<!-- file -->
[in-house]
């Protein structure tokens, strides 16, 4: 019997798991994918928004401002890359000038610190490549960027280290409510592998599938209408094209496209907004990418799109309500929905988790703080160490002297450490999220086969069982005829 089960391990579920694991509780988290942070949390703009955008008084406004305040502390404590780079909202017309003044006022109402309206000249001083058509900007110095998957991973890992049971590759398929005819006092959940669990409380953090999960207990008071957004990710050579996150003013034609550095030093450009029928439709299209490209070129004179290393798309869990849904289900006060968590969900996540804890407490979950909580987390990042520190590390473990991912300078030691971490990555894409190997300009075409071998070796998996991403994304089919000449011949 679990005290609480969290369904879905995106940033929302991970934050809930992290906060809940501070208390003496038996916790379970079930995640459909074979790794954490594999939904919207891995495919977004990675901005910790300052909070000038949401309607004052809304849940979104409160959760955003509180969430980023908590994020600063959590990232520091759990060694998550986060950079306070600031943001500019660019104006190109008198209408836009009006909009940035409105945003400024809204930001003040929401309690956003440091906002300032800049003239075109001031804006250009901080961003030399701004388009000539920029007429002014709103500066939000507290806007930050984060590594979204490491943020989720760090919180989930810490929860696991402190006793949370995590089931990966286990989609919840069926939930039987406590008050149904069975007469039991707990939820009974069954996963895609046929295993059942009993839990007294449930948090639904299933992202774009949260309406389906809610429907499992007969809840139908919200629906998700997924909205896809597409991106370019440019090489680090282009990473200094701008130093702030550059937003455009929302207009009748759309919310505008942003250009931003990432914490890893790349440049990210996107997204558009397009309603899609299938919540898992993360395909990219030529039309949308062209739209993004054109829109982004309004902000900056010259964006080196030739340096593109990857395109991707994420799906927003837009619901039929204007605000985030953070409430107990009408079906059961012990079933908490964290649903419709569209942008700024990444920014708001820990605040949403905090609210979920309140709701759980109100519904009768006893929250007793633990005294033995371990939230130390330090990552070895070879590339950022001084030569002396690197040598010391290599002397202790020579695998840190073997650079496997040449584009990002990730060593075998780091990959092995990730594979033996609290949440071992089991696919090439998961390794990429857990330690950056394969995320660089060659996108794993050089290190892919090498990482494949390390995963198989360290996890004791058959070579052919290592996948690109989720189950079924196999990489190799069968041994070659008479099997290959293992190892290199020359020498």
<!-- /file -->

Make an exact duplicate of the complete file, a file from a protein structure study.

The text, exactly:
[in-house]
């Protein structure tokens, strides 16, 4: 019997798991994918928004401002890359000038610190490549960027280290409510592998599938209408094209496209907004990418799109309500929905988790703080160490002297450490999220086969069982005829 089960391990579920694991509780988290942070949390703009955008008084406004305040502390404590780079909202017309003044006022109402309206000249001083058509900007110095998957991973890992049971590759398929005819006092959940669990409380953090999960207990008071957004990710050579996150003013034609550095030093450009029928439709299209490209070129004179290393798309869990849904289900006060968590969900996540804890407490979950909580987390990042520190590390473990991912300078030691971490990555894409190997300009075409071998070796998996991403994304089919000449011949 679990005290609480969290369904879905995106940033929302991970934050809930992290906060809940501070208390003496038996916790379970079930995640459909074979790794954490594999939904919207891995495919977004990675901005910790300052909070000038949401309607004052809304849940979104409160959760955003509180969430980023908590994020600063959590990232520091759990060694998550986060950079306070600031943001500019660019104006190109008198209408836009009006909009940035409105945003400024809204930001003040929401309690956003440091906002300032800049003239075109001031804006250009901080961003030399701004388009000539920029007429002014709103500066939000507290806007930050984060590594979204490491943020989720760090919180989930810490929860696991402190006793949370995590089931990966286990989609919840069926939930039987406590008050149904069975007469039991707990939820009974069954996963895609046929295993059942009993839990007294449930948090639904299933992202774009949260309406389906809610429907499992007969809840139908919200629906998700997924909205896809597409991106370019440019090489680090282009990473200094701008130093702030550059937003455009929302207009009748759309919310505008942003250009931003990432914490890893790349440049990210996107997204558009397009309603899609299938919540898992993360395909990219030529039309949308062209739209993004054109829109982004309004902000900056010259964006080196030739340096593109990857395109991707994420799906927003837009619901039929204007605000985030953070409430107990009408079906059961012990079933908490964290649903419709569209942008700024990444920014708001820990605040949403905090609210979920309140709701759980109100519904009768006893929250007793633990005294033995371990939230130390330090990552070895070879590339950022001084030569002396690197040598010391290599002397202790020579695998840190073997650079496997040449584009990002990730060593075998780091990959092995990730594979033996609290949440071992089991696919090439998961390794990429857990330690950056394969995320660089060659996108794993050089290190892919090498990482494949390390995963198989360290996890004791058959070579052919290592996948690109989720189950079924196999990489190799069968041994070659008479099997290959293992190892290199020359020498």